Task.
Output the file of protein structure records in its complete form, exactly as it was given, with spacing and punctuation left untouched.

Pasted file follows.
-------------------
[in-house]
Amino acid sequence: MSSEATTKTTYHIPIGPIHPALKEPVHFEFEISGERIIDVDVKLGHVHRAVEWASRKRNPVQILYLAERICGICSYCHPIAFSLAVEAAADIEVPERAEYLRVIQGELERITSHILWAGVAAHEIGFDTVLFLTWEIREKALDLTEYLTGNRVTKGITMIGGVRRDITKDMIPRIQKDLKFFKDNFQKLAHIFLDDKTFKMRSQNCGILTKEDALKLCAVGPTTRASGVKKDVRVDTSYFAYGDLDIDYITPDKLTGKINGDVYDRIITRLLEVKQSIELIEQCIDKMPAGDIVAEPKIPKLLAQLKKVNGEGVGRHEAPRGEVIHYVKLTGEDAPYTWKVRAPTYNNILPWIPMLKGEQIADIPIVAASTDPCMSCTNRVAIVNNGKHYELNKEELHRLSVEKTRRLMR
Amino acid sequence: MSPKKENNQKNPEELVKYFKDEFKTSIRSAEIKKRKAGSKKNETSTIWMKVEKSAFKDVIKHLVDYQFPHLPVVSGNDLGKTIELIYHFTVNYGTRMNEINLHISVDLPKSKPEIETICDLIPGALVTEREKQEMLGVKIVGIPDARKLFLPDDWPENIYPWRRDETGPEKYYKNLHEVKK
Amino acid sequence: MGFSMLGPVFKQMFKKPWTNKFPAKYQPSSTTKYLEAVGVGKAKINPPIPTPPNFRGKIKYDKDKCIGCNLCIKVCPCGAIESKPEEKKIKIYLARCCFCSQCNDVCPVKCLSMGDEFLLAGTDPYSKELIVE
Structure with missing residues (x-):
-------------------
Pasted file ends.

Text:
[in-house]
Amino acid sequence: MSSEATTKTTYHIPIGPIHPALKEPVHFEFEISGERIIDVDVKLGHVHRAVEWASRKRNPVQILYLAERICGICSYCHPIAFSLAVEAAADIEVPERAEYLRVIQGELERITSHILWAGVAAHEIGFDTVLFLTWEIREKALDLTEYLTGNRVTKGITMIGGVRRDITKDMIPRIQKDLKFFKDNFQKLAHIFLDDKTFKMRSQNCGILTKEDALKLCAVGPTTRASGVKKDVRVDTSYFAYGDLDIDYITPDKLTGKINGDVYDRIITRLLEVKQSIELIEQCIDKMPAGDIVAEPKIPKLLAQLKKVNGEGVGRHEAPRGEVIHYVKLTGEDAPYTWKVRAPTYNNILPWIPMLKGEQIADIPIVAASTDPCMSCTNRVAIVNNGKHYELNKEELHRLSVEKTRRLMR
Amino acid sequence: MSPKKENNQKNPEELVKYFKDEFKTSIRSAEIKKRKAGSKKNETSTIWMKVEKSAFKDVIKHLVDYQFPHLPVVSGNDLGKTIELIYHFTVNYGTRMNEINLHISVDLPKSKPEIETICDLIPGALVTEREKQEMLGVKIVGIPDARKLFLPDDWPENIYPWRRDETGPEKYYKNLHEVKK
Amino acid sequence: MGFSMLGPVFKQMFKKPWTNKFPAKYQPSSTTKYLEAVGVGKAKINPPIPTPPNFRGKIKYDKDKCIGCNLCIKVCPCGAIESKPEEKKIKIYLARCCFCSQCNDVCPVKCLSMGDEFLLAGTDPYSKELIVE
Structure with missing residues (x-):